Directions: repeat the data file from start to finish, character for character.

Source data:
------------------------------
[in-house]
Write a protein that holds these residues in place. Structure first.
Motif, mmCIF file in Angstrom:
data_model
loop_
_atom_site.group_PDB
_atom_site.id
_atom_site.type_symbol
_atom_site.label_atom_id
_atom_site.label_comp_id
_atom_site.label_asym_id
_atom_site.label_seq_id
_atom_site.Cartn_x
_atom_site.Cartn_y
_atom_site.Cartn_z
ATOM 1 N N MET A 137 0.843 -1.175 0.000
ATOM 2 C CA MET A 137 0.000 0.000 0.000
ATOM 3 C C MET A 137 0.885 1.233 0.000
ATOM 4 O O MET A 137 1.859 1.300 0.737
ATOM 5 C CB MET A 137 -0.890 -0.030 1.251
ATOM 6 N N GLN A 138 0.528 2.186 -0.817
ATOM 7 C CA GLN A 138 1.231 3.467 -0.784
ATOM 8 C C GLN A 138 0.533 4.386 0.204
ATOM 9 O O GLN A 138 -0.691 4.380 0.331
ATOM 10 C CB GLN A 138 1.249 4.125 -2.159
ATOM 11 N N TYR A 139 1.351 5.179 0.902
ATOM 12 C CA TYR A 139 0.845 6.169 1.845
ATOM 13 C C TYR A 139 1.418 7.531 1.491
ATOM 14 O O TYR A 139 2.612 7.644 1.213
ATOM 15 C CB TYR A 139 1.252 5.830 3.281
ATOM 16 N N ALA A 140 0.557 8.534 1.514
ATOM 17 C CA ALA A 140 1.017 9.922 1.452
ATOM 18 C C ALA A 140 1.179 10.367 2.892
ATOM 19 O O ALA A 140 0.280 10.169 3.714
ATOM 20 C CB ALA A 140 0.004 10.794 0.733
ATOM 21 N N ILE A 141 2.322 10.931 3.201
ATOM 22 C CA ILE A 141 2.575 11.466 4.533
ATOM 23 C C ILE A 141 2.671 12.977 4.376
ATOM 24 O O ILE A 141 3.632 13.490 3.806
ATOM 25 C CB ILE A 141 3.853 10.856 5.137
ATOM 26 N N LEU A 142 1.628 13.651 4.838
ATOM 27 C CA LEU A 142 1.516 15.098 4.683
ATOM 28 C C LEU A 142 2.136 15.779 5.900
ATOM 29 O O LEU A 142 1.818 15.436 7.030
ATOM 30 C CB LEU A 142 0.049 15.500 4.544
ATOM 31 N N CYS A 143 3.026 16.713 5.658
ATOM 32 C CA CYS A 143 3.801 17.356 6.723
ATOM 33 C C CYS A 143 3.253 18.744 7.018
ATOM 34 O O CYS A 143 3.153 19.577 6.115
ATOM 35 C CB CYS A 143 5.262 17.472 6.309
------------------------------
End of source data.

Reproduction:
[in-house]
Write a protein that holds these residues in place. Structure first.
Motif, mmCIF file in Angstrom:
data_model
loop_
_atom_site.group_PDB
_atom_site.id
_atom_site.type_symbol
_atom_site.label_atom_id
_atom_site.label_comp_id
_atom_site.label_asym_id
_atom_site.label_seq_id
_atom_site.Cartn_x
_atom_site.Cartn_y
_atom_site.Cartn_z
ATOM 1 N N MET A 137 0.843 -1.175 0.000
ATOM 2 C CA MET A 137 0.000 0.000 0.000
ATOM 3 C C MET A 137 0.885 1.233 0.000
ATOM 4 O O MET A 137 1.859 1.300 0.737
ATOM 5 C CB MET A 137 -0.890 -0.030 1.251
ATOM 6 N N GLN A 138 0.528 2.186 -0.817
ATOM 7 C CA GLN A 138 1.231 3.467 -0.784
ATOM 8 C C GLN A 138 0.533 4.386 0.204
ATOM 9 O O GLN A 138 -0.691 4.380 0.331
ATOM 10 C CB GLN A 138 1.249 4.125 -2.159
ATOM 11 N N TYR A 139 1.351 5.179 0.902
ATOM 12 C CA TYR A 139 0.845 6.169 1.845
ATOM 13 C C TYR A 139 1.418 7.531 1.491
ATOM 14 O O TYR A 139 2.612 7.644 1.213
ATOM 15 C CB TYR A 139 1.252 5.830 3.281
ATOM 16 N N ALA A 140 0.557 8.534 1.514
ATOM 17 C CA ALA A 140 1.017 9.922 1.452
ATOM 18 C C ALA A 140 1.179 10.367 2.892
ATOM 19 O O ALA A 140 0.280 10.169 3.714
ATOM 20 C CB ALA A 140 0.004 10.794 0.733
ATOM 21 N N ILE A 141 2.322 10.931 3.201
ATOM 22 C CA ILE A 141 2.575 11.466 4.533
ATOM 23 C C ILE A 141 2.671 12.977 4.376
ATOM 24 O O ILE A 141 3.632 13.490 3.806
ATOM 25 C CB ILE A 141 3.853 10.856 5.137
ATOM 26 N N LEU A 142 1.628 13.651 4.838
ATOM 27 C CA LEU A 142 1.516 15.098 4.683
ATOM 28 C C LEU A 142 2.136 15.779 5.900
ATOM 29 O O LEU A 142 1.818 15.436 7.030
ATOM 30 C CB LEU A 142 0.049 15.500 4.544
ATOM 31 N N CYS A 143 3.026 16.713 5.658
ATOM 32 C CA CYS A 143 3.801 17.356 6.723
ATOM 33 C C CYS A 143 3.253 18.744 7.018
ATOM 34 O O CYS A 143 3.153 19.577 6.115
ATOM 35 C CB CYS A 143 5.262 17.472 6.309